“Working for and with the Community Scholars Program is a dream come true. I wish I had had a program like this to support me during my undergraduate career because of my own lived experiences. My experiences as a first-generation college student, daughter of Guyanese immigrants and low-income woman of color mirror that of many of our Scholars.
Serving as the program’s director affords me the opportunity to witness the growth of each Scholar during their journey on the Hilltop. They arrive at Georgetown with a sense of curiosity about what is to come as well as an intellectual hunger. I’m situated in a unique role in which I am able to bear witness to the evolution of the many roles they take on – student, activist, intern, club officer, friend and mentor to name a few.
I have seen a once shy Scholar become GUSA (Georgetown University Student Association) President. I have seen a homesick student become homesick for Georgetown. I have seen Scholars transform a 2.0 to 3.7 GPA. I have seen students come in undeclared and discover a passion for the fine arts. I have seen Scholars advocate for what they deserve.
As one of their biggest cheerleaders on campus, I hope to remind them of their purpose, empower them to stand in their truths and give them space to be their authentic selves – even when they are pressured to conform to the majority. Being at an elite predominately white institution as a person with multiple marginalized identities can be suffocating and destructive.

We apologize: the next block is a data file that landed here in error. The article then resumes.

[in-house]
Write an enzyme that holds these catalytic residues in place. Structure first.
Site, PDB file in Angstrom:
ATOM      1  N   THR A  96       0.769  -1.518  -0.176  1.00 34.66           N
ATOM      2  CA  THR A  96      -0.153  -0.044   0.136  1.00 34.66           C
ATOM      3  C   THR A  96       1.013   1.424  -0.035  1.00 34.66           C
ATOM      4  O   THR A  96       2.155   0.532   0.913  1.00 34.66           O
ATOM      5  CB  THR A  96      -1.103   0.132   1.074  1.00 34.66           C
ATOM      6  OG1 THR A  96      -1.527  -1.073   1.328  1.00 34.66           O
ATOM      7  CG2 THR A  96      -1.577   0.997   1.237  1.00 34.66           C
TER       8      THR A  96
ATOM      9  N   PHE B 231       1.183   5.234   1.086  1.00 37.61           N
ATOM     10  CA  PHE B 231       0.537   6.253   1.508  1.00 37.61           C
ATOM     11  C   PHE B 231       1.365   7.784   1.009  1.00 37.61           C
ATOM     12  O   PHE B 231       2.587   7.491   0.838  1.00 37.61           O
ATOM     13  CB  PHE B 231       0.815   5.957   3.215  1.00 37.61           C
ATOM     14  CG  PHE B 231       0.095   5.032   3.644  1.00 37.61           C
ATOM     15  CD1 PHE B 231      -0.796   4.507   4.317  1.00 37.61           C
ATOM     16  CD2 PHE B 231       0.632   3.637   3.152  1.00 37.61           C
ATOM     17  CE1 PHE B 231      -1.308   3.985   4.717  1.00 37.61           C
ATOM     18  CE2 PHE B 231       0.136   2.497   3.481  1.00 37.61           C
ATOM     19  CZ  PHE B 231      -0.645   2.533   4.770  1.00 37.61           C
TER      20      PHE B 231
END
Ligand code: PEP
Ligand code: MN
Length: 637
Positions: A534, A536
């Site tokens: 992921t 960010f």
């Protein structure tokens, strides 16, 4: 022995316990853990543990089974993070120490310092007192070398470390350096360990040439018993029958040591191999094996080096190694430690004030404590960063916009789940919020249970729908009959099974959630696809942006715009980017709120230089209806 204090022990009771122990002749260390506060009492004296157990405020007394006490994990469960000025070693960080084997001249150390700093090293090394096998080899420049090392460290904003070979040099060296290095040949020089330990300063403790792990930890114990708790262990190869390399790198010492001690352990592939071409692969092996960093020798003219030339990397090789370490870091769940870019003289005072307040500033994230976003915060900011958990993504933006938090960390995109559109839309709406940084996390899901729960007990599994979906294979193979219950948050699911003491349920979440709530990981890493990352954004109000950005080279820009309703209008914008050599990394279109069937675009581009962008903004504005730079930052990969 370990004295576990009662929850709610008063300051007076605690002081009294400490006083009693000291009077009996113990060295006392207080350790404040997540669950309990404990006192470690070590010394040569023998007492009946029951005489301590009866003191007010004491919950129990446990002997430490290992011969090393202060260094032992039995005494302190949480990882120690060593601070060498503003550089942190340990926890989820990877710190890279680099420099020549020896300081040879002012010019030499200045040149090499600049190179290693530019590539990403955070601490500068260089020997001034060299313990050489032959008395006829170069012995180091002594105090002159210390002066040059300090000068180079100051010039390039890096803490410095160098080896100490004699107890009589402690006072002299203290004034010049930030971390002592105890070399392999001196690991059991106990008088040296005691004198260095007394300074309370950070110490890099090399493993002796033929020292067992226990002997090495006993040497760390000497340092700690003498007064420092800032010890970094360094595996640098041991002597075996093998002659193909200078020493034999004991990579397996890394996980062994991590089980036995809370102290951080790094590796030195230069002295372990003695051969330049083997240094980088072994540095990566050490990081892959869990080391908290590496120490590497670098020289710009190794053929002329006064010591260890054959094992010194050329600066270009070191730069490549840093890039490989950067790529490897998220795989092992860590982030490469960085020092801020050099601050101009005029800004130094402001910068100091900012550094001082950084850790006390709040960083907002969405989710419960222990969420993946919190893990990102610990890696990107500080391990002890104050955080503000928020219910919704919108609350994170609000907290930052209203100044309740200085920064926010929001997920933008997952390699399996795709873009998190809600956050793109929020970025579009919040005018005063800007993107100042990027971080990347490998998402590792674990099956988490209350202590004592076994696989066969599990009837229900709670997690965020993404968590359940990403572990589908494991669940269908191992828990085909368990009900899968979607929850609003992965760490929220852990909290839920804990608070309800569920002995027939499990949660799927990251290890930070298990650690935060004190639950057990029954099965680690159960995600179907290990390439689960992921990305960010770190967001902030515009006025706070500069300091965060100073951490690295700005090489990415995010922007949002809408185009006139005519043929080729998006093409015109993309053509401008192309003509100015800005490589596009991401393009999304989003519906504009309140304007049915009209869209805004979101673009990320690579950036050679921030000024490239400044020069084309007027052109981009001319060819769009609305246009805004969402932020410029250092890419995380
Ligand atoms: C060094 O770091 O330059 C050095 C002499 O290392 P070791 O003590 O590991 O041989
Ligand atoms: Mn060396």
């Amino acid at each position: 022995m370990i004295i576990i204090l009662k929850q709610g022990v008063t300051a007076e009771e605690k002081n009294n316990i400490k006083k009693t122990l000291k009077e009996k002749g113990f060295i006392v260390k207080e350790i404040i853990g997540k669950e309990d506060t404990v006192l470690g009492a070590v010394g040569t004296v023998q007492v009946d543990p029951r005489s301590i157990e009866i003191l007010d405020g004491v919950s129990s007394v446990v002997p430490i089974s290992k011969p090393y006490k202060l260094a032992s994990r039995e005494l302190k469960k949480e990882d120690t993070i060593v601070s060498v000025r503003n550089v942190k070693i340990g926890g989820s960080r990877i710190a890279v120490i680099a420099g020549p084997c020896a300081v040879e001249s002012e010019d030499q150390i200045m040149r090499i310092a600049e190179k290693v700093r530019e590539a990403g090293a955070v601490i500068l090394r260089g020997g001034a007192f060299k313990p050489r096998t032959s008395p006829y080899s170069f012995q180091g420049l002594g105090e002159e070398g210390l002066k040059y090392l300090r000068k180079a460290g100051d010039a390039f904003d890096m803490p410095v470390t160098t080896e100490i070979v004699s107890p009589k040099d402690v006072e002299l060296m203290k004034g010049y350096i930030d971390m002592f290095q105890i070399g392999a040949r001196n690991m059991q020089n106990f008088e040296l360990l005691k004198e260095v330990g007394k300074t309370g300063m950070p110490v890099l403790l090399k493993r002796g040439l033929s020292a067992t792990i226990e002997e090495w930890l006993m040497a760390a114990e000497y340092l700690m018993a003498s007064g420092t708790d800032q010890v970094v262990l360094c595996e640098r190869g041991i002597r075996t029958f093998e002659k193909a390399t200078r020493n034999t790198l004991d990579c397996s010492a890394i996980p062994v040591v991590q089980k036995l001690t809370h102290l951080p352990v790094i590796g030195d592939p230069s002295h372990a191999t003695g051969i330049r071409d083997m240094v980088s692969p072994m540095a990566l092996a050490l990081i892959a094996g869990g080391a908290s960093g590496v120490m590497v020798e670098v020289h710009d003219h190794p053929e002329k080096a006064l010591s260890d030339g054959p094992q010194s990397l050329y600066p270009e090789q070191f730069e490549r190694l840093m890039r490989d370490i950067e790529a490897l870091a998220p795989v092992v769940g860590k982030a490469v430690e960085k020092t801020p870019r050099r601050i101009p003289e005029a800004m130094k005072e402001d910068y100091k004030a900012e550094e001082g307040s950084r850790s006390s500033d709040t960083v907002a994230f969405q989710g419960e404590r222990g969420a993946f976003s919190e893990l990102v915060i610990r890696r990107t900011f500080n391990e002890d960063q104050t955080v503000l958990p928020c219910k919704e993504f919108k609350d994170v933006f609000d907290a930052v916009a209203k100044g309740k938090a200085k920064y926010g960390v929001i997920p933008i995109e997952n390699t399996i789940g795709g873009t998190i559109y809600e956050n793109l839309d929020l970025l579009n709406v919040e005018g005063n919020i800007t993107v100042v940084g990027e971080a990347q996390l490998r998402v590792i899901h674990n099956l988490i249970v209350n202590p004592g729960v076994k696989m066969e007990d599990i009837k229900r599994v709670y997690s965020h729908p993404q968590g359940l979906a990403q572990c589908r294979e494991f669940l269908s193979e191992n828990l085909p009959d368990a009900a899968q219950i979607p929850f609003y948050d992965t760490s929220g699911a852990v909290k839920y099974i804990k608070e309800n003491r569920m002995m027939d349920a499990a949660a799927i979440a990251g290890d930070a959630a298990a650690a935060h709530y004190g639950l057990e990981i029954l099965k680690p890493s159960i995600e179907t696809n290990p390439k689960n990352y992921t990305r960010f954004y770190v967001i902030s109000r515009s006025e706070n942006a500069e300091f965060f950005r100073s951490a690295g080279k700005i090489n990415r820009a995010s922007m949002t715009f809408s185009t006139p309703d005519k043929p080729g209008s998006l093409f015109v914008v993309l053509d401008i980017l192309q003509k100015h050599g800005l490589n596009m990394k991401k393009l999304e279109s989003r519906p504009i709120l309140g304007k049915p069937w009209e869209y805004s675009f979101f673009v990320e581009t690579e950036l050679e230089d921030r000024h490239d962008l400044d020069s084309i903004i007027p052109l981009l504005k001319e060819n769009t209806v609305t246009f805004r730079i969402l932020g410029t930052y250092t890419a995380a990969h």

The Community Scholars Program hopes to provide a space that affirms the students’ identities, experiences, goals and dreams. Through an identity-conscious lens, I do this through role modeling –showing up authentically and giving myself grace when I don’t meet my own expectations.
The Community Scholars Program is Georgetown at its best. It lives the most important Jesuit values of academic excellence, cura personalis and community in diversity. It truly is the soul of Georgetown. We bring together students who have similar lived experiences and identities.”